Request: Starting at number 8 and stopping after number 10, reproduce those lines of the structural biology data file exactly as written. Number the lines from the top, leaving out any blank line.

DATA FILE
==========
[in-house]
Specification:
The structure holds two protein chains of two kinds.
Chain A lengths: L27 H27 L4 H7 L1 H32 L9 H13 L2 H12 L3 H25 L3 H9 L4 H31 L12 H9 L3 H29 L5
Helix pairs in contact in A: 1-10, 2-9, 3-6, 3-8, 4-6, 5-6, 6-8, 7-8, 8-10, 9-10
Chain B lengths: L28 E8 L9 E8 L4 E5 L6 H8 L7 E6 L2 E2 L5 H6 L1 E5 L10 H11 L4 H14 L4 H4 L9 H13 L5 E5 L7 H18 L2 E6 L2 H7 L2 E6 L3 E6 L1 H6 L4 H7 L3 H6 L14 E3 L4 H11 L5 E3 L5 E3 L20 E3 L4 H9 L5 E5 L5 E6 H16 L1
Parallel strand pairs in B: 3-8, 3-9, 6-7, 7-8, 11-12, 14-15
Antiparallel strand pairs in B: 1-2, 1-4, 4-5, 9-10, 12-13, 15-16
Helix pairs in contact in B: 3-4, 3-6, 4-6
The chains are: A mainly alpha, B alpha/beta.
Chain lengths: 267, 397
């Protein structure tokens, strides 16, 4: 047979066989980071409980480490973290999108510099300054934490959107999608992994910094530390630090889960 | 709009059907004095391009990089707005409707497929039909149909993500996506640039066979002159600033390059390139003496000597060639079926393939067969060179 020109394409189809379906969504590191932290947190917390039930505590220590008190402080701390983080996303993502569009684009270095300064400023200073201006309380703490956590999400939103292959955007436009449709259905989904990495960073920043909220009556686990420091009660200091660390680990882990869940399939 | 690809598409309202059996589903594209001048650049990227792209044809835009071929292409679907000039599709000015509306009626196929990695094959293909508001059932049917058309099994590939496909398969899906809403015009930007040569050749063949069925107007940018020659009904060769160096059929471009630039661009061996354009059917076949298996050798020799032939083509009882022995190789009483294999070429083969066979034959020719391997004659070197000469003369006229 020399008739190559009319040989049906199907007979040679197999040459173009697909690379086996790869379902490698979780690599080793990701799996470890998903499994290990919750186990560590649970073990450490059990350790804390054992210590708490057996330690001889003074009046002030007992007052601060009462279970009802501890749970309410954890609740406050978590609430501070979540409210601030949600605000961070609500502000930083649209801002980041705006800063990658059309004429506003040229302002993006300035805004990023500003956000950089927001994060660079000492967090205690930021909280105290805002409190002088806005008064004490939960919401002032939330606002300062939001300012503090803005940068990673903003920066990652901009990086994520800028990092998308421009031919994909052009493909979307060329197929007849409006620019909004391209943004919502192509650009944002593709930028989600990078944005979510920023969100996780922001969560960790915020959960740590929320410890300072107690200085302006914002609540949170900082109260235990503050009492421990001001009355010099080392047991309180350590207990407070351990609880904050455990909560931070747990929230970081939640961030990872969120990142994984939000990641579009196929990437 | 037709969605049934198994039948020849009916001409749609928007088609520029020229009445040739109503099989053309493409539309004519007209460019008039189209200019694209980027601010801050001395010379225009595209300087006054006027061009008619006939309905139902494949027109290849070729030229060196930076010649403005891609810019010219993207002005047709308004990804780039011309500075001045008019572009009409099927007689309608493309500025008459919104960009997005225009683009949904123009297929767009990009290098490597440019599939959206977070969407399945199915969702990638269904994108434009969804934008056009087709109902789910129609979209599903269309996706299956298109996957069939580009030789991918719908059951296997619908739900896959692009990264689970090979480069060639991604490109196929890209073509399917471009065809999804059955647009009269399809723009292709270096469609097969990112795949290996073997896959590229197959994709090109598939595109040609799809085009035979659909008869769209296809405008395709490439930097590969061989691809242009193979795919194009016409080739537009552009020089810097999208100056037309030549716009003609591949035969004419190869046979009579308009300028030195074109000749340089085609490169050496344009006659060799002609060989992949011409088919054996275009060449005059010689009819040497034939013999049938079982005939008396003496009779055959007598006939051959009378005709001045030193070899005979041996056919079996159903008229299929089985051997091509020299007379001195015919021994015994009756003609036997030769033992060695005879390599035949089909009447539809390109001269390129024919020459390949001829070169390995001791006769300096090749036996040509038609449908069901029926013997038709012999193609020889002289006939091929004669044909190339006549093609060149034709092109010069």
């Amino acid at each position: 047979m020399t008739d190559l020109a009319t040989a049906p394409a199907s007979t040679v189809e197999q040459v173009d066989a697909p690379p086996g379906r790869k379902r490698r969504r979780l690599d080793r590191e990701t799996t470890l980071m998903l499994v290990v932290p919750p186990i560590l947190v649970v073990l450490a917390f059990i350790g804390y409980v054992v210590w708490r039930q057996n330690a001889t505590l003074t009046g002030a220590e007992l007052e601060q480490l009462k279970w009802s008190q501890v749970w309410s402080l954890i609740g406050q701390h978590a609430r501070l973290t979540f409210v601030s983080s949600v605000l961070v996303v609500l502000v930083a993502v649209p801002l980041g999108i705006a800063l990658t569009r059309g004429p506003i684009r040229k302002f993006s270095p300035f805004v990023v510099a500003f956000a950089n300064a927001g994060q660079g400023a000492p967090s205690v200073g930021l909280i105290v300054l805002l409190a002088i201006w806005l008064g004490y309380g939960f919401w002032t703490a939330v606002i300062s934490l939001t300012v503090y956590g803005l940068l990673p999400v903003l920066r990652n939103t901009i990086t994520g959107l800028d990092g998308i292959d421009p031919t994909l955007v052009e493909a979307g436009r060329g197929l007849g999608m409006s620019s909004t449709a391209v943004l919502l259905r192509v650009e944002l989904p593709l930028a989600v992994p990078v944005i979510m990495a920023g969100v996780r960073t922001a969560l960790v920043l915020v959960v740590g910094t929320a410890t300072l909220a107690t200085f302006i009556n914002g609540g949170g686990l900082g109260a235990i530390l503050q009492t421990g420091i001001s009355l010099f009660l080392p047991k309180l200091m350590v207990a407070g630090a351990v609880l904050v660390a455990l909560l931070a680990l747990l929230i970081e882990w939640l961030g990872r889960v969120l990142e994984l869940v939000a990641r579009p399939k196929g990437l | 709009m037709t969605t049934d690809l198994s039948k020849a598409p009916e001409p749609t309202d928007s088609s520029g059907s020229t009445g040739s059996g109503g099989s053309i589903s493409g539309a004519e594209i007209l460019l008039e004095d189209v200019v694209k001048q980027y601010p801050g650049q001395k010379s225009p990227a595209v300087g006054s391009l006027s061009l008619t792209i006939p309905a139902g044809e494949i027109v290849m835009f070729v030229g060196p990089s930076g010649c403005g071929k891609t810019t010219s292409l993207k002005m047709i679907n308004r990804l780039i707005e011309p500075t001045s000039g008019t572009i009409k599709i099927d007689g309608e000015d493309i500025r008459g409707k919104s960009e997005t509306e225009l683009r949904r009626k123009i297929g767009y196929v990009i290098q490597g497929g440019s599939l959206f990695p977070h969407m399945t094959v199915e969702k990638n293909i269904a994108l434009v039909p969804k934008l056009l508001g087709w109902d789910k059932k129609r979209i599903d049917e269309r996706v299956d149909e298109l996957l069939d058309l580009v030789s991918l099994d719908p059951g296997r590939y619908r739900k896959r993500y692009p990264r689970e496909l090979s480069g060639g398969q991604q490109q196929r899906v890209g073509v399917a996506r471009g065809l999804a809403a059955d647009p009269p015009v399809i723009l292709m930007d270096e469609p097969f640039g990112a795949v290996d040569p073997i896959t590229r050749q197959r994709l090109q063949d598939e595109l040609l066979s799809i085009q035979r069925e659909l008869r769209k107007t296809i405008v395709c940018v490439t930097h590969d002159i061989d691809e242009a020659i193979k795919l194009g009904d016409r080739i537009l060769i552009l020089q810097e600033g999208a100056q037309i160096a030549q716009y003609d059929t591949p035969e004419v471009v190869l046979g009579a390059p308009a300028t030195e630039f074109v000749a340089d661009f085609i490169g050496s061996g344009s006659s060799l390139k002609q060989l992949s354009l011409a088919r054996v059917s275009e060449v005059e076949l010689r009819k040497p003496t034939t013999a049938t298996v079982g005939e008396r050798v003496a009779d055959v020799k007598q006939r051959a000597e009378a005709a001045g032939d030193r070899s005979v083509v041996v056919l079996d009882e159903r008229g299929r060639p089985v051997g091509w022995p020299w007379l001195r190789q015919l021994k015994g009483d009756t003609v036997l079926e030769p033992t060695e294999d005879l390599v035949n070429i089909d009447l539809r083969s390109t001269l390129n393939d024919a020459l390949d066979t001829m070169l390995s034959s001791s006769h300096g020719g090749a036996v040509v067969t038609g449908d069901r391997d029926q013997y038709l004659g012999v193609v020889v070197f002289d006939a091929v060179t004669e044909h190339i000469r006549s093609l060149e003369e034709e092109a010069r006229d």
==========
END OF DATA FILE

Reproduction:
Antiparallel strand pairs in B: 1-2, 1-4, 4-5, 9-10, 12-13, 15-16
Helix pairs in contact in B: 3-4, 3-6, 4-6
The chains are: A mainly alpha, B alpha/beta.